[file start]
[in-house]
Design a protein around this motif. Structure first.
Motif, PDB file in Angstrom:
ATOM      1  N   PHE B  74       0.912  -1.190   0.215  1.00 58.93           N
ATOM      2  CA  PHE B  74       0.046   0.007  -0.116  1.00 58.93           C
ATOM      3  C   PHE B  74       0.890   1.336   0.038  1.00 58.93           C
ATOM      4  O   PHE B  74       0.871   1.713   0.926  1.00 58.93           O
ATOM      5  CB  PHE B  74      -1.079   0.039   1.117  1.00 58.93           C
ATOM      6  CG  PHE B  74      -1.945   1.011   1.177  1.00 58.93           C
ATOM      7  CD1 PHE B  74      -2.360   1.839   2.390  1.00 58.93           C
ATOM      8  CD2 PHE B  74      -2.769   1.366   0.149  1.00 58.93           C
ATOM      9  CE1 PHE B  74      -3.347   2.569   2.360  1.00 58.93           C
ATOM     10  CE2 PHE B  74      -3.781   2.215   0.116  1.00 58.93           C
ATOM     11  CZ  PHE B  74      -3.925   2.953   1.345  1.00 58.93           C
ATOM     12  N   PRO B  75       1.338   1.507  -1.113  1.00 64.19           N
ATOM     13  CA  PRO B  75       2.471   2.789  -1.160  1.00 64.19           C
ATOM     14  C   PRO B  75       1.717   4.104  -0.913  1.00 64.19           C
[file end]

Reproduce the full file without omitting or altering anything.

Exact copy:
[in-house]
Design a protein around this motif. Structure first.
Motif, PDB file in Angstrom:
ATOM      1  N   PHE B  74       0.912  -1.190   0.215  1.00 58.93           N
ATOM      2  CA  PHE B  74       0.046   0.007  -0.116  1.00 58.93           C
ATOM      3  C   PHE B  74       0.890   1.336   0.038  1.00 58.93           C
ATOM      4  O   PHE B  74       0.871   1.713   0.926  1.00 58.93           O
ATOM      5  CB  PHE B  74      -1.079   0.039   1.117  1.00 58.93           C
ATOM      6  CG  PHE B  74      -1.945   1.011   1.177  1.00 58.93           C
ATOM      7  CD1 PHE B  74      -2.360   1.839   2.390  1.00 58.93           C
ATOM      8  CD2 PHE B  74      -2.769   1.366   0.149  1.00 58.93           C
ATOM      9  CE1 PHE B  74      -3.347   2.569   2.360  1.00 58.93           C
ATOM     10  CE2 PHE B  74      -3.781   2.215   0.116  1.00 58.93           C
ATOM     11  CZ  PHE B  74      -3.925   2.953   1.345  1.00 58.93           C
ATOM     12  N   PRO B  75       1.338   1.507  -1.113  1.00 64.19           N
ATOM     13  CA  PRO B  75       2.471   2.789  -1.160  1.00 64.19           C
ATOM     14  C   PRO B  75       1.717   4.104  -0.913  1.00 64.19           C